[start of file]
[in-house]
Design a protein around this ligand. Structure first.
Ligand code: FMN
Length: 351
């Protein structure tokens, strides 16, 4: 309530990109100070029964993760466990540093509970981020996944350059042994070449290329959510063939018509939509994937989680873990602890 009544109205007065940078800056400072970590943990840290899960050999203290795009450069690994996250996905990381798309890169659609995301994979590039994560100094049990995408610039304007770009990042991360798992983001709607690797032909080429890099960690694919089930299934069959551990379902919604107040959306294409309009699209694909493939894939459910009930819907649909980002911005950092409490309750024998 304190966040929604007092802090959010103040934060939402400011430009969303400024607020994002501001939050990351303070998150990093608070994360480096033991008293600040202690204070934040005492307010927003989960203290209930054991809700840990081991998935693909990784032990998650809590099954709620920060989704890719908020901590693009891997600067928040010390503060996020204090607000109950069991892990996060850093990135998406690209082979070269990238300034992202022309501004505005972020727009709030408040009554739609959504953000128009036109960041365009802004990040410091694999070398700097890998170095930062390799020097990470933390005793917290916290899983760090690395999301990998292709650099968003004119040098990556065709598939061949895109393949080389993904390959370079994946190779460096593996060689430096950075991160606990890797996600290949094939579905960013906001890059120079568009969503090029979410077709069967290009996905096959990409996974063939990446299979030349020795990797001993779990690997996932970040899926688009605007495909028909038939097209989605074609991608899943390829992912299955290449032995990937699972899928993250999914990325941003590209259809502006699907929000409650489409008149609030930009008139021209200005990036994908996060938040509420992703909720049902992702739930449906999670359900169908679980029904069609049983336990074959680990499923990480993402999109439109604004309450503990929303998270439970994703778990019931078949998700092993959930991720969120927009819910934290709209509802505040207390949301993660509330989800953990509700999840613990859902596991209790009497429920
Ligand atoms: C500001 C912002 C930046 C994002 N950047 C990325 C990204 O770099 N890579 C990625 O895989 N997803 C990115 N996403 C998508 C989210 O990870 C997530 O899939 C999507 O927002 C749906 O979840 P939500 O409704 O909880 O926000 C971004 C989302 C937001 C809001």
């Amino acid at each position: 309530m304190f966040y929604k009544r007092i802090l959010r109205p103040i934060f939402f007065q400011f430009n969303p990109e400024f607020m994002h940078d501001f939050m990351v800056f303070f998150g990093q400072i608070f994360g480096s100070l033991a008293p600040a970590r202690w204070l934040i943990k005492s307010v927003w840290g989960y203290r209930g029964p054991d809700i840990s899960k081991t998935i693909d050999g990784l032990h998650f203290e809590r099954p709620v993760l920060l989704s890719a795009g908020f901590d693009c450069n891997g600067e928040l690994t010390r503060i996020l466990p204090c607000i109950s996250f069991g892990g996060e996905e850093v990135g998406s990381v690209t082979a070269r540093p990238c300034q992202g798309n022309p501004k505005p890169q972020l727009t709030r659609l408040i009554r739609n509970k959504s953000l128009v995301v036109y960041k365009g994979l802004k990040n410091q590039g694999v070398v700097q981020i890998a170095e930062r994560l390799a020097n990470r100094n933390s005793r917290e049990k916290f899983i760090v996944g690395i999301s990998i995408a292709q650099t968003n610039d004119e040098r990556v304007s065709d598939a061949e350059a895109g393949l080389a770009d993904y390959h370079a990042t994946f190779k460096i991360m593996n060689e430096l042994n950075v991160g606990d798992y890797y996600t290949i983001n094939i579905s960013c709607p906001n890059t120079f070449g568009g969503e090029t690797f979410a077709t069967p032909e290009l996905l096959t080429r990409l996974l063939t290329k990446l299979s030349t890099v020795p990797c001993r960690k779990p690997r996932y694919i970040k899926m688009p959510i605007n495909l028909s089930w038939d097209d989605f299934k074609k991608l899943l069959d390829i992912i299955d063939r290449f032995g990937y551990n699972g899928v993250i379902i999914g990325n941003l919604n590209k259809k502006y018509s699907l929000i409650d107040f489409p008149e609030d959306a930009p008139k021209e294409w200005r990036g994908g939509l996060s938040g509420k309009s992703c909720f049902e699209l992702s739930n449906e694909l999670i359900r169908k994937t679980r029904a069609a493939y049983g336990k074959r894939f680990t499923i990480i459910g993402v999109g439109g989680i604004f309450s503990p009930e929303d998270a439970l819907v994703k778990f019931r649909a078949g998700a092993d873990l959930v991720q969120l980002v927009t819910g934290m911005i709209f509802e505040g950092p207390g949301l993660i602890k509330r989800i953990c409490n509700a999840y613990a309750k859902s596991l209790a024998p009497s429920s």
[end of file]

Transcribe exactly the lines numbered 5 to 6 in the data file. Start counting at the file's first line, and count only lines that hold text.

């Protein structure tokens, strides 16, 4: 309530990109100070029964993760466990540093509970981020996944350059042994070449290329959510063939018509939509994937989680873990602890 009544109205007065940078800056400072970590943990840290899960050999203290795009450069690994996250996905990381798309890169659609995301994979590039994560100094049990995408610039304007770009990042991360798992983001709607690797032909080429890099960690694919089930299934069959551990379902919604107040959306294409309009699209694909493939894939459910009930819907649909980002911005950092409490309750024998 304190966040929604007092802090959010103040934060939402400011430009969303400024607020994002501001939050990351303070998150990093608070994360480096033991008293600040202690204070934040005492307010927003989960203290209930054991809700840990081991998935693909990784032990998650809590099954709620920060989704890719908020901590693009891997600067928040010390503060996020204090607000109950069991892990996060850093990135998406690209082979070269990238300034992202022309501004505005972020727009709030408040009554739609959504953000128009036109960041365009802004990040410091694999070398700097890998170095930062390799020097990470933390005793917290916290899983760090690395999301990998292709650099968003004119040098990556065709598939061949895109393949080389993904390959370079994946190779460096593996060689430096950075991160606990890797996600290949094939579905960013906001890059120079568009969503090029979410077709069967290009996905096959990409996974063939990446299979030349020795990797001993779990690997996932970040899926688009605007495909028909038939097209989605074609991608899943390829992912299955290449032995990937699972899928993250999914990325941003590209259809502006699907929000409650489409008149609030930009008139021209200005990036994908996060938040509420992703909720049902992702739930449906999670359900169908679980029904069609049983336990074959680990499923990480993402999109439109604004309450503990929303998270439970994703778990019931078949998700092993959930991720969120927009819910934290709209509802505040207390949301993660509330989800953990509700999840613990859902596991209790009497429920
Ligand atoms: C500001 C912002 C930046 C994002 N950047 C990325 C990204 O770099 N890579 C990625 O895989 N997803 C990115 N996403 C998508 C989210 O990870 C997530 O899939 C999507 O927002 C749906 O979840 P939500 O409704 O909880 O926000 C971004 C989302 C937001 C809001």